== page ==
Healthcare costs in the U.S remain a record high, and while the health sector tries to justify the costs, there is a consensus that it is driven by the desire for profit.
Today, millions of American families live in fear of disease or illness because the cost of medical care is outrageous. But how can we support the claim that the industry is money-driven? Let’s look at past trends:
Medical Bills are the Main Cause of US Bankruptcies
Medical bills are the leading cause of personal bankruptcy in America. In fact, bankruptcy resulting from medical bills have in the past outdone those from credit-card bills or unpaid mortgages. And no one has been spared, even those who have year-round health insurance. Millions have been pushed to deplete their savings to cover their medical bills, and the situation has gotten worse over the years.
American Health Insurance Companies Have Recorded Super High Profits During Difficult Times
Around 2009, when the rest of the U.S was grappling with economic challenges, America’s insurance companies upped their profits by a whopping 56%.
This happened in the middle of a deep recession and saw 2.7 million people lose their coverage. Five of America’s largest insurers closed that year with a total profit of $12.2 billion; a clear indicator that those responsible for national health had put their interests first. They had ignored millions of suffering patients and an economy that was struggling with joblessness.
The Executives of These Insurance Giants Increased Their Benefits
During that period, the executives of UnitedHealth, Humana, and Cigna received almost $200 million in compensation while their companies sought rate increases.
Why would an insurance company increase the earnings of its leaders and transfer the cost to the rate payers? Worse, these raises came at a time when families and businesses were struggling with their finances. Sadly, industry officials argued that the hikes are justifiable due to the rising medical costs. Anthem Blue Cross, for example, increased their health insurance premiums by 39% in 2010. They cited increased medical expenses, but it was discovered that the rise was to cater for fancy retreats and bonuses.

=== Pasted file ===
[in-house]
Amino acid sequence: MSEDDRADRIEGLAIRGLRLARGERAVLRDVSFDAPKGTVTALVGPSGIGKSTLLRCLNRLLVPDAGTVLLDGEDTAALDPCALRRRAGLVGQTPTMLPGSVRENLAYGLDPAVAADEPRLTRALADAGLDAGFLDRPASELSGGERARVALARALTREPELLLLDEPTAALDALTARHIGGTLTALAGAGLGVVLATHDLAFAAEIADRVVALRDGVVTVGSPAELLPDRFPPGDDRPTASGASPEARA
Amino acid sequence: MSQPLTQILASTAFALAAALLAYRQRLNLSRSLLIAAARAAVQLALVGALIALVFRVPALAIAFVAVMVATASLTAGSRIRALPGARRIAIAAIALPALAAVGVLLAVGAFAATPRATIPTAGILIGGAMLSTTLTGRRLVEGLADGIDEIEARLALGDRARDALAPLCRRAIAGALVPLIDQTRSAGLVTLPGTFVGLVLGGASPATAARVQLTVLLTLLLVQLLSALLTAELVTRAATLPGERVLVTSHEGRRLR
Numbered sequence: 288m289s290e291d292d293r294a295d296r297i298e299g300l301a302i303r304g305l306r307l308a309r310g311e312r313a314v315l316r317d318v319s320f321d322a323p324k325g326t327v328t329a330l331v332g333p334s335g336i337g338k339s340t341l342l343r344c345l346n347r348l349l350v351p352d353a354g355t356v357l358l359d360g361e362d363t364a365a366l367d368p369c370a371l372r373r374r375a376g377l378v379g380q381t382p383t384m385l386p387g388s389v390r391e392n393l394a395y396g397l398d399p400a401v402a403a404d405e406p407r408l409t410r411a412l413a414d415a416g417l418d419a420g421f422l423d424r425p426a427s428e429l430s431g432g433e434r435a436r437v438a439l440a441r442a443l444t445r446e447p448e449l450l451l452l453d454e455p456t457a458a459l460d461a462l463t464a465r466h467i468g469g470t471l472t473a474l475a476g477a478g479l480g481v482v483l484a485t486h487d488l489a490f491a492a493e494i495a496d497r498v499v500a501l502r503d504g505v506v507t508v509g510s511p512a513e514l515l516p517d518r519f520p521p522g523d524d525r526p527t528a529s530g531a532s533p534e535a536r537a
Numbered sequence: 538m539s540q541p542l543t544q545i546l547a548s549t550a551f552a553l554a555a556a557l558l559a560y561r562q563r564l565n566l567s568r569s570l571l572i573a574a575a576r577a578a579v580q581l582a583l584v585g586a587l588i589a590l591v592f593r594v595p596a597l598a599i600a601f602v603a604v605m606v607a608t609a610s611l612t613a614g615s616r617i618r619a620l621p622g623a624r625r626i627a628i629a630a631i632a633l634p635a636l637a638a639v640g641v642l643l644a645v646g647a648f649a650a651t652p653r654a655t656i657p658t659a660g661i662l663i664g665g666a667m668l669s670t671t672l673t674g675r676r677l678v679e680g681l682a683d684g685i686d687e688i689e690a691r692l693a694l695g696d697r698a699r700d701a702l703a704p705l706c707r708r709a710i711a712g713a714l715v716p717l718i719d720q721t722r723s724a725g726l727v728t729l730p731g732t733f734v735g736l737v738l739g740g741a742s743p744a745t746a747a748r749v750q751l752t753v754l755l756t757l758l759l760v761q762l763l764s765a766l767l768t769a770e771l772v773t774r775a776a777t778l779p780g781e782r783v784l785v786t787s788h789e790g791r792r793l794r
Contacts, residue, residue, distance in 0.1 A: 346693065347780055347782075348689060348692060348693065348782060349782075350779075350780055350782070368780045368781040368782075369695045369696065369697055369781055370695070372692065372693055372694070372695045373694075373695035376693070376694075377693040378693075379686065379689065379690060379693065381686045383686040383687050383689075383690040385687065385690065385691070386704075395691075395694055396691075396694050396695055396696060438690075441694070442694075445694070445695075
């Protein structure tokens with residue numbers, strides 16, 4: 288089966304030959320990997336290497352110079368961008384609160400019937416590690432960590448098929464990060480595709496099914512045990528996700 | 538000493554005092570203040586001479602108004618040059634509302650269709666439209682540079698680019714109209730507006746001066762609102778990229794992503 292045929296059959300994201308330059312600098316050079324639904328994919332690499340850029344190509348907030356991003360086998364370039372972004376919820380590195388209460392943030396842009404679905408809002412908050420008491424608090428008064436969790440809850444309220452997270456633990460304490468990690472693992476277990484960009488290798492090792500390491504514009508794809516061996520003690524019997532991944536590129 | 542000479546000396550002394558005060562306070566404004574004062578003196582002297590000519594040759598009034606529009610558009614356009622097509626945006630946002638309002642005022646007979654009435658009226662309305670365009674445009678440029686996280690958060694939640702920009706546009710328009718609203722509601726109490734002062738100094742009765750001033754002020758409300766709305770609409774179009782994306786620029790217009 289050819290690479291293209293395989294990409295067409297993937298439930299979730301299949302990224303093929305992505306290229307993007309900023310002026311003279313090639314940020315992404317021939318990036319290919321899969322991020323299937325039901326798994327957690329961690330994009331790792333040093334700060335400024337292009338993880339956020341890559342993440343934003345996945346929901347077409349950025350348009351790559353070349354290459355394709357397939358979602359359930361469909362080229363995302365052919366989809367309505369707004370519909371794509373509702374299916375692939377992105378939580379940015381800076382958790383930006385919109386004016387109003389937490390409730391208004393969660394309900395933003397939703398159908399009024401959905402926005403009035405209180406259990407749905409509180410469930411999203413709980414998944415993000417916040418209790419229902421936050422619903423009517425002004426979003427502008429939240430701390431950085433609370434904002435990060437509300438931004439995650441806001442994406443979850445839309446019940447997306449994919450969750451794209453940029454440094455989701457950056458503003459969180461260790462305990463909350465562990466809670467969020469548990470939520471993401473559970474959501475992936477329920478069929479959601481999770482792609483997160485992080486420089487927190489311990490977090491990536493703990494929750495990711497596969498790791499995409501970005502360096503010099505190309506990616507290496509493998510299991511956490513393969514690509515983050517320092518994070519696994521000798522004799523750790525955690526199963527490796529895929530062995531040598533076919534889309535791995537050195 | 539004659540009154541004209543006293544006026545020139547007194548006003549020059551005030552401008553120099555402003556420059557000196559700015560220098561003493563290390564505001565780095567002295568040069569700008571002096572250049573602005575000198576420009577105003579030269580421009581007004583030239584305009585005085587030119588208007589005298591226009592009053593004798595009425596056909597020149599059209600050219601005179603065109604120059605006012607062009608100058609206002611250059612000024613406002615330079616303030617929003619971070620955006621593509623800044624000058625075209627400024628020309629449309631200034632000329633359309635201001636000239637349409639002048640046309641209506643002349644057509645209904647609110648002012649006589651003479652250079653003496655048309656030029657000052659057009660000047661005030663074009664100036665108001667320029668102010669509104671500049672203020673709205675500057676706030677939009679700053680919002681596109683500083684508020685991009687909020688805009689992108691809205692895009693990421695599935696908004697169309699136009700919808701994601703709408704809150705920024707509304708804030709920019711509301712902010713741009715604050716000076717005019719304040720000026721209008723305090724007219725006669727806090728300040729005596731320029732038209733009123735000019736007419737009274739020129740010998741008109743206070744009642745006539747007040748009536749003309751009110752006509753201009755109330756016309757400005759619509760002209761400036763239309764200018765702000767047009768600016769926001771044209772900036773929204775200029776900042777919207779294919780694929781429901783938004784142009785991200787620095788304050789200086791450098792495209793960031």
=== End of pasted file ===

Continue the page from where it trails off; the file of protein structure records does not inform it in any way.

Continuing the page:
Insurance Premiums For Small Employers Increased Greatly Between 1999-2009
Between 1999-2009, small companies in the US experienced an increase in health insurance premiums by 180%. During this time, major insurers in California raised their rates for organizations that had fewer than 50 employees, even though these small organizations lacked the financial muscle. According to the insurers, the hikes were fair as the companies needed to remain competitive.
Dental Insurance Has Put a Smile on People’s Faces
The industry has recently introduced dental savings. This service allows members to pay a yearly fee in exchange for dentists who charge lower rates.
A dental savings plan is designed for those who want to save on their dental care needs. With this service, members have been able to save from 10-60% of costs. Members have also enjoyed wider access to a network of dentists. Joining this plan allows you to save money on most senior dental care services and has other significant advantages.
While the health industry has been trying to justify the higher bills, more people agree that the profit motive has left most citizens in a miserable state. Dental insurance has attempted to cut costs, but that is not enough.